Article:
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(CMC) – The Court of Appeal late Thursday evening removed an injunction granted to the Oilfield Workers Trade Union (OWTU) that had prevented the state-owned oil company, PETROTRIN from dismissing workers as it shuts down its operations as part of a restructuring exercise.
Chief Justice Ivor Archie and Justices of Appeal Allan Mendonca and Andre des Vignes in their oral ruling late Thursday night discharged the injunction that had been granted to the union on October 8, by the Industrial Court.
PETROTRIN attorneys led by Senior Counsel Reginald Armour had urged the Appeal Court not to be seduced by the argument of the union, telling the judges that they should consider the grim reality of the company’s financial standing and its possible impact on the economy.
But Senior Counsel Douglas Mendes, the lead lawyer for the union, argued that the union was being weakened as the recognised bargaining agent for workers.
Chief Justice Archie, who delivered the ruling on behalf of the three-member court, said the Industrial Court failed to demonstrate that it properly considered evidence on the national economic impact of PETROTRIN and what was likely to happen if the injunction stayed in place, including a downgrade of this country’s credit rating and the possibility of creditors seeking to have the company liquidated.
PETROTRIN had argued that the Industrial Court did not have the jurisdiction to grant injunctions. But while it was successful in having the injunction discharged, the Appeal Court did not support the arguments that the Industrial Court did not have the jurisdiction to grant injunctions.
The judges said that their written ruling will be given at month end.
The OWTU had been granted the injunction preventing the company from terminating its estimated 5,500 workforce as part of the restructuring exercise. But last week, High Court judge Charmaine Pemberton put a hold on the injunctions, clearing the way for PETRORIN to continue issuing termination letters. The OWTU has been contending that PETROTRIN acted in bad faith when it failed to meet with the union ve before meeting with the Cabinet, during which it was decided that it would be in the best interest of the country to shut down the company.
OWTU president Ancil Roget told reporters following the court ruling that the court’s decision on the jurisdiction point was “significant” to the labour movement and workers.
He said he was also heartened by the pronouncement of the appellate court that the Industrial Court had the power to reverse any decision of the company if it is found in breach of an industrial relations offence.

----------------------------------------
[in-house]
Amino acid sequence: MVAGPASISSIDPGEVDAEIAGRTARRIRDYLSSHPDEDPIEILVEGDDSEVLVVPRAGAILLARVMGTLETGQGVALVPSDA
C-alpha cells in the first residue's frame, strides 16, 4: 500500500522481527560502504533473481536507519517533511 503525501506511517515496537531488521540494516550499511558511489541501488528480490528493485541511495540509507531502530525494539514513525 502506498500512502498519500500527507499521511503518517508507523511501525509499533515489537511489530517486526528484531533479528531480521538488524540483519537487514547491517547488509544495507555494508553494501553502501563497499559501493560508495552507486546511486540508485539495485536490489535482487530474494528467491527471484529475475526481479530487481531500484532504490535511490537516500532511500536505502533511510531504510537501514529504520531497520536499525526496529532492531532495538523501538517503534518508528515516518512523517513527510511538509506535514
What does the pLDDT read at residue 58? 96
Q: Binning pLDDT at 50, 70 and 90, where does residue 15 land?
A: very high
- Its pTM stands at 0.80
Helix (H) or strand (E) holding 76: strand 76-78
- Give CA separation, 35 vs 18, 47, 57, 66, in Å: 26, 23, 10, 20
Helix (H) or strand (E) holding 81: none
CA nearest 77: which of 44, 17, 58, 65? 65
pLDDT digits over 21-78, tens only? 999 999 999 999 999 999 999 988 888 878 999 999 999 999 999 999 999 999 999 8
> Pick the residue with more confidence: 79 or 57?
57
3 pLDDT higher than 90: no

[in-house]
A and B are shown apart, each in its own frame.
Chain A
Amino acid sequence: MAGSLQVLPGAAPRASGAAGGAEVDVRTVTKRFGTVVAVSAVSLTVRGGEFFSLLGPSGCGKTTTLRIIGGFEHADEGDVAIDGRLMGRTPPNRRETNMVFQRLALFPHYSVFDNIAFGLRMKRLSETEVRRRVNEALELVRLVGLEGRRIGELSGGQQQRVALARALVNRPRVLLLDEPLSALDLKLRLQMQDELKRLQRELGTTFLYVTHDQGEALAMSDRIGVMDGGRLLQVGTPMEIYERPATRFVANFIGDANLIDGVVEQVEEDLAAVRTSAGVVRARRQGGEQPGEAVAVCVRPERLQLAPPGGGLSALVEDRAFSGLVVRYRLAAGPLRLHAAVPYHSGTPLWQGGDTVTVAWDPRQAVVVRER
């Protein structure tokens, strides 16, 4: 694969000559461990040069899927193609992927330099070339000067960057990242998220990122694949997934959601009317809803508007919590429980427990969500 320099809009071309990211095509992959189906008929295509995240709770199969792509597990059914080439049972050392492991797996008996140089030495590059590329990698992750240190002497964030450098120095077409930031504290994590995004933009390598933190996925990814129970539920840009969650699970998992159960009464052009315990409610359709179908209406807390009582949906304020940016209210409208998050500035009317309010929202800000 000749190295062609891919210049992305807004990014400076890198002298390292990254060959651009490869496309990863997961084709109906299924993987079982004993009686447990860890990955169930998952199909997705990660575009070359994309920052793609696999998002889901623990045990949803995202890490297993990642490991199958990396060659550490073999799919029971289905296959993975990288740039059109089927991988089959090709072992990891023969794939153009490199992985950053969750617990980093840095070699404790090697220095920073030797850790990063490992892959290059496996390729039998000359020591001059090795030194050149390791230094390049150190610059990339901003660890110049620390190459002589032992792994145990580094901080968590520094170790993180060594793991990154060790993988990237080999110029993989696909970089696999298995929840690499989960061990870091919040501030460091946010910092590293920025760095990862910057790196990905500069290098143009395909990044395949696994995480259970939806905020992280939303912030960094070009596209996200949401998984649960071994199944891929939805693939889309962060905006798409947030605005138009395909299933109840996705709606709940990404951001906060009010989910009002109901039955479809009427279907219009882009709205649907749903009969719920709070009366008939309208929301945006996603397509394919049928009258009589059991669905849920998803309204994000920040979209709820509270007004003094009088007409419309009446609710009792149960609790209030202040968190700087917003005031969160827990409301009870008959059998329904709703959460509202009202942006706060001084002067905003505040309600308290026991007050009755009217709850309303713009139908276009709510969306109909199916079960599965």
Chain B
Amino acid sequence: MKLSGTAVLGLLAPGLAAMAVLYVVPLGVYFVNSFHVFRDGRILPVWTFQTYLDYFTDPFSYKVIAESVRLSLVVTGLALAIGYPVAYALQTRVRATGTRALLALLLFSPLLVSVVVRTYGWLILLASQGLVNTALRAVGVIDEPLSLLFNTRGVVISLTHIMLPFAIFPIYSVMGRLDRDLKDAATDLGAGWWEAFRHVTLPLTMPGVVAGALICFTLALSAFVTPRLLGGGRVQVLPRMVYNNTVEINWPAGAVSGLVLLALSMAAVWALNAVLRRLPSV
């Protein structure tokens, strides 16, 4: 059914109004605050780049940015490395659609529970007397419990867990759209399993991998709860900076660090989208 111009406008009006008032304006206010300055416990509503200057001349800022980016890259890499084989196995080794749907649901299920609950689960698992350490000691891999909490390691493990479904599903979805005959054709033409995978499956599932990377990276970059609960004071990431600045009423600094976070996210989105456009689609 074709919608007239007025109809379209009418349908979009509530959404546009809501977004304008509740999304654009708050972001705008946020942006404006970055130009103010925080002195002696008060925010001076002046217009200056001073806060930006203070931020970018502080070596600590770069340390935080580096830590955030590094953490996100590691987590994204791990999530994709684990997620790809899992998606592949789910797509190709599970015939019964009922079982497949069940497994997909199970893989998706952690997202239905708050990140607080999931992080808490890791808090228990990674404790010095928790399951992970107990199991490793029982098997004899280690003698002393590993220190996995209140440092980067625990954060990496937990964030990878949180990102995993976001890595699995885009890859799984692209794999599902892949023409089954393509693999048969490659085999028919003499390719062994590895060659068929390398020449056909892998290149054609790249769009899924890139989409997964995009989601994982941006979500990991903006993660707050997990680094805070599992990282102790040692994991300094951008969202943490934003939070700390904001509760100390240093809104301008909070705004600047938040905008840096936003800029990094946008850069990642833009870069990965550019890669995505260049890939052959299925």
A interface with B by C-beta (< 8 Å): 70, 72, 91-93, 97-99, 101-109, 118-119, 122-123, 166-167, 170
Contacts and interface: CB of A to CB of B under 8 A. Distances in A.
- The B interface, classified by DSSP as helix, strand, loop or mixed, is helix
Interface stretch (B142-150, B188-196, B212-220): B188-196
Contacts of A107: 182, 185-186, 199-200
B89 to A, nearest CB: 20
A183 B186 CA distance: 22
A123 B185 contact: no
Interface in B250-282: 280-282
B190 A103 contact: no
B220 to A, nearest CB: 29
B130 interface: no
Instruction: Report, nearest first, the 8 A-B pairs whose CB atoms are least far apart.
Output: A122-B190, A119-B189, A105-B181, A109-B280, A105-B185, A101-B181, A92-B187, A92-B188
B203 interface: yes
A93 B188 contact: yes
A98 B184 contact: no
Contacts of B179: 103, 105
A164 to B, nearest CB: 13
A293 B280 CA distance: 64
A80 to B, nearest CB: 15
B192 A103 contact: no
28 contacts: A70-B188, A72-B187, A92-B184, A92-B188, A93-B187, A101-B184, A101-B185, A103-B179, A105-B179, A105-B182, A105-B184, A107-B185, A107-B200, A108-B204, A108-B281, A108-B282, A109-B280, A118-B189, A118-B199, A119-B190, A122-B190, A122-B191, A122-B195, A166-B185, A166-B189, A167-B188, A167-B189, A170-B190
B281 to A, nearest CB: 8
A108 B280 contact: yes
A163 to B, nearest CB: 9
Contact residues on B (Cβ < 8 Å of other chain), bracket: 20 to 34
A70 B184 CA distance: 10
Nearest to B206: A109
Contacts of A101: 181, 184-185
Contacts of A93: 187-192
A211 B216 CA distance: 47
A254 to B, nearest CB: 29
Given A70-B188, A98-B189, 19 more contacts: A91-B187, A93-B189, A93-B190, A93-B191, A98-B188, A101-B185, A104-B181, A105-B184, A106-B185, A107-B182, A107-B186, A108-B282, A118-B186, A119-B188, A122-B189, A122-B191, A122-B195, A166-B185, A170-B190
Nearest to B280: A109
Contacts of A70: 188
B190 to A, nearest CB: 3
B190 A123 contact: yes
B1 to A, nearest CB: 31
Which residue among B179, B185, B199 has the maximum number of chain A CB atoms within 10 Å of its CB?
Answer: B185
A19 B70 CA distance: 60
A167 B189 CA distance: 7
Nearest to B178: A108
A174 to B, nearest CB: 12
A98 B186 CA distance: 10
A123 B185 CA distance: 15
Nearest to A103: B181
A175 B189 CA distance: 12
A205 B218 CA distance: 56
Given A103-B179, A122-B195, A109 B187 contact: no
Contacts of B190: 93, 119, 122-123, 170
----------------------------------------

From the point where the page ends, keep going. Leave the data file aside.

“We look forward to our day court,” he said, insisting that the only reason PETROTRIN was facing closure was to get rid of the OWTU after it gave the government a poor performance report.
“Government’s performance has fallen today,” he said, warning that it would pay a critical price in time to come.
Earlier this week, the union presented a proposal for the “rescuing” of the refinery and said it intends to submit its proposal to the board by next week when its bankers and other key persons in the proposed plan arrive in the country.
He said the OWTU’s proposal was not only to save the jobs at the company but for the benefit of the entire country as it will earn much needed foreign exchange.
Meanwhile, the Trinidad and Tobago government has announced the establishment of a new state company, Guaracara Refining Company, into which the assets of the oil refinery will be placed.
The government has already indicated that it was shutting down the company after indicating that it was losing billions of dollars (One TT dollar=US$0.16 cents) annually.
Energy Minster Franklin Khan, speaking at the end of the Cabinet meeting on Thursday, said that the refinery is scheduled to be closed by next month, and after the assets have been transferred to Guaracara, the new company will advertise a “very broad” request for proposals (RFP).
“Everything will be open for discussion. At the end of the day, we feel we will get a proposal that is acceptable where we will no longer have this albatross around our neck called the refinery, but the assets can still be used in a productive way for the benefit of Trinidad and Tobago,” he said.
Guaracara is one of five new companies created as part of the restructuring of state oil company.
The others are Heritage Petroleum Company Ltd and Paria Fuel Trading Company, which will handle exploration and production and trading and marketing, respectively.
PETROTRIN as an entity will remain as a company to deal with legacy matters, and these will all be placed into one, Trinidad Petroleum Holdings Ltd.
Khan said a vesting order was being prepared to transfer PETROTRIN’s exploration and production assets to Heritage and the terminal, port and pier assets to Paria. There will also be an assignment of exploration and production licences under the name of PETROTRIN at the Ministry of Energy to Heritage.
“The transformation process is well on its way and going smoothly,” Khan said, adding that the government hopes to have the new companies operationalized by the end of this year.
“All things being equal, 2019 will be a brand new year for the energy sector in TT,” he said.
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